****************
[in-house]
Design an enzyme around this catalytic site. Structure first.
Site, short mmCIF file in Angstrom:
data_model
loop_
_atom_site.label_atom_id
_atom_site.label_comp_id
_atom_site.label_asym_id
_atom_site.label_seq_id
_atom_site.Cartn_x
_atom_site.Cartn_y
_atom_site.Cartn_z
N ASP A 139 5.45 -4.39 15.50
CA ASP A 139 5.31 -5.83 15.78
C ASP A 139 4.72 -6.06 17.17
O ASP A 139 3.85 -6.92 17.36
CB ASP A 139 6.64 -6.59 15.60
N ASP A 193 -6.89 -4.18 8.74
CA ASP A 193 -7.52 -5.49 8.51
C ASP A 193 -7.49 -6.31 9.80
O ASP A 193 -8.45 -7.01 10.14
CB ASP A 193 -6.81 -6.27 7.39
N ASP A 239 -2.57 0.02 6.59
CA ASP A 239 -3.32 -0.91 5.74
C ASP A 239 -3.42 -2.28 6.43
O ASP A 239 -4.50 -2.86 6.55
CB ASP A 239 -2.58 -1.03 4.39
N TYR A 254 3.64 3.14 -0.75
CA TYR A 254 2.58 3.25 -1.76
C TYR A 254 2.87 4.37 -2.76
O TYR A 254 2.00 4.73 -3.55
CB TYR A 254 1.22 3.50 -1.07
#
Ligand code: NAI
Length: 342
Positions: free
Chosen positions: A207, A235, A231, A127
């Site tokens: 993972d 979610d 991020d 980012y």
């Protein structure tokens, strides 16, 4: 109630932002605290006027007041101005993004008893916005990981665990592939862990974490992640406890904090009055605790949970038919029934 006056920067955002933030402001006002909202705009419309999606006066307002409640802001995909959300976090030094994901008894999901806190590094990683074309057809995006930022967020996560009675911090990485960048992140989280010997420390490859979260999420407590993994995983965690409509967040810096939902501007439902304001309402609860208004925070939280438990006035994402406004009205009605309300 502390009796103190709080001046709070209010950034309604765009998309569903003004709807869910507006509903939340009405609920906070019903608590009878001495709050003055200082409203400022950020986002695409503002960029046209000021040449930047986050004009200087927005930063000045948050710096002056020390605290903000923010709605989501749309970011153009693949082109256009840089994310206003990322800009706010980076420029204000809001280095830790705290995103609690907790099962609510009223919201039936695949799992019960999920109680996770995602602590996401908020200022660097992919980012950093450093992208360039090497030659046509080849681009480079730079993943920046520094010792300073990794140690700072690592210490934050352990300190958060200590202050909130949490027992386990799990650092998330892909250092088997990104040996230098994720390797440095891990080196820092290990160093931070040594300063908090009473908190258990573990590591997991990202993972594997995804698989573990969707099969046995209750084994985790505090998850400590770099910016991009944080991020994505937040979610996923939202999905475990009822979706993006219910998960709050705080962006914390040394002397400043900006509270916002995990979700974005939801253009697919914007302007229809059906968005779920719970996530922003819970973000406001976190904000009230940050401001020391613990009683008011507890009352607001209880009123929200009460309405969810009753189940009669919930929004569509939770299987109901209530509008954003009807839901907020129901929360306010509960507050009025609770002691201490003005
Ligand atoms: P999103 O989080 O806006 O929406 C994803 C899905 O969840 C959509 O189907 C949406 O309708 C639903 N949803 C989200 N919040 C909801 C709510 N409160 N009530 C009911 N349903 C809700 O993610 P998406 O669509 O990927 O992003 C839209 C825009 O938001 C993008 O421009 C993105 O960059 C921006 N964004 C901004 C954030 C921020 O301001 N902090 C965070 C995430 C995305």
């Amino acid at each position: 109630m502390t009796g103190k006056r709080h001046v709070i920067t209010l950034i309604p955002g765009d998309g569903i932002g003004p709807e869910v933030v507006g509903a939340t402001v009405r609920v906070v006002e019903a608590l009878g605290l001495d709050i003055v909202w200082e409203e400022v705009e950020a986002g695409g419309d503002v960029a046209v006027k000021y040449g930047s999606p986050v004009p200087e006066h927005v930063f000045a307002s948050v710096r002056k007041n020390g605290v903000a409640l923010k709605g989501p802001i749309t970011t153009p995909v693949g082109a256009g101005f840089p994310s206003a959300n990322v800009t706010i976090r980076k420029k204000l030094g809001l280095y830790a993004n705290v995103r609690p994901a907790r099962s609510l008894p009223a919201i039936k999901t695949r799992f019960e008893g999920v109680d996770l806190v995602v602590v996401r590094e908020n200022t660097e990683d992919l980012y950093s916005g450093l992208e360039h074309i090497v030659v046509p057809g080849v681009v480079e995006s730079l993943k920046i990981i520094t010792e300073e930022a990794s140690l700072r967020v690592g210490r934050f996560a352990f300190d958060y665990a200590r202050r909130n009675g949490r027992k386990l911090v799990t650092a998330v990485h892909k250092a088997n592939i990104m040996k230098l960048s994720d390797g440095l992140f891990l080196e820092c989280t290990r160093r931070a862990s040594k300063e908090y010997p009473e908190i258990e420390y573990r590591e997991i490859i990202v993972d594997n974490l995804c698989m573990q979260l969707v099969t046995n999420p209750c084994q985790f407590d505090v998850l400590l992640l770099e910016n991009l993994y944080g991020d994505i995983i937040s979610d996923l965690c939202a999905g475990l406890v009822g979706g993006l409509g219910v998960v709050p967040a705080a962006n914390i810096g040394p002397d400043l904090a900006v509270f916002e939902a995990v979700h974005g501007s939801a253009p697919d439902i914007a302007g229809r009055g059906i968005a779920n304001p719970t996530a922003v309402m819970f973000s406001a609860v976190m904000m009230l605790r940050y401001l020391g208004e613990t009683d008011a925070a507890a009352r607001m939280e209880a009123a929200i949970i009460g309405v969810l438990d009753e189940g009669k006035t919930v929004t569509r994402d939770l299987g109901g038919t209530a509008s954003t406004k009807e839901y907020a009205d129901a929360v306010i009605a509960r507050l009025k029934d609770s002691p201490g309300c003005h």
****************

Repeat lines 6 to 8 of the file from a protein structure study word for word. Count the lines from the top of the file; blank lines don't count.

_atom_site.label_atom_id
_atom_site.label_comp_id
_atom_site.label_asym_id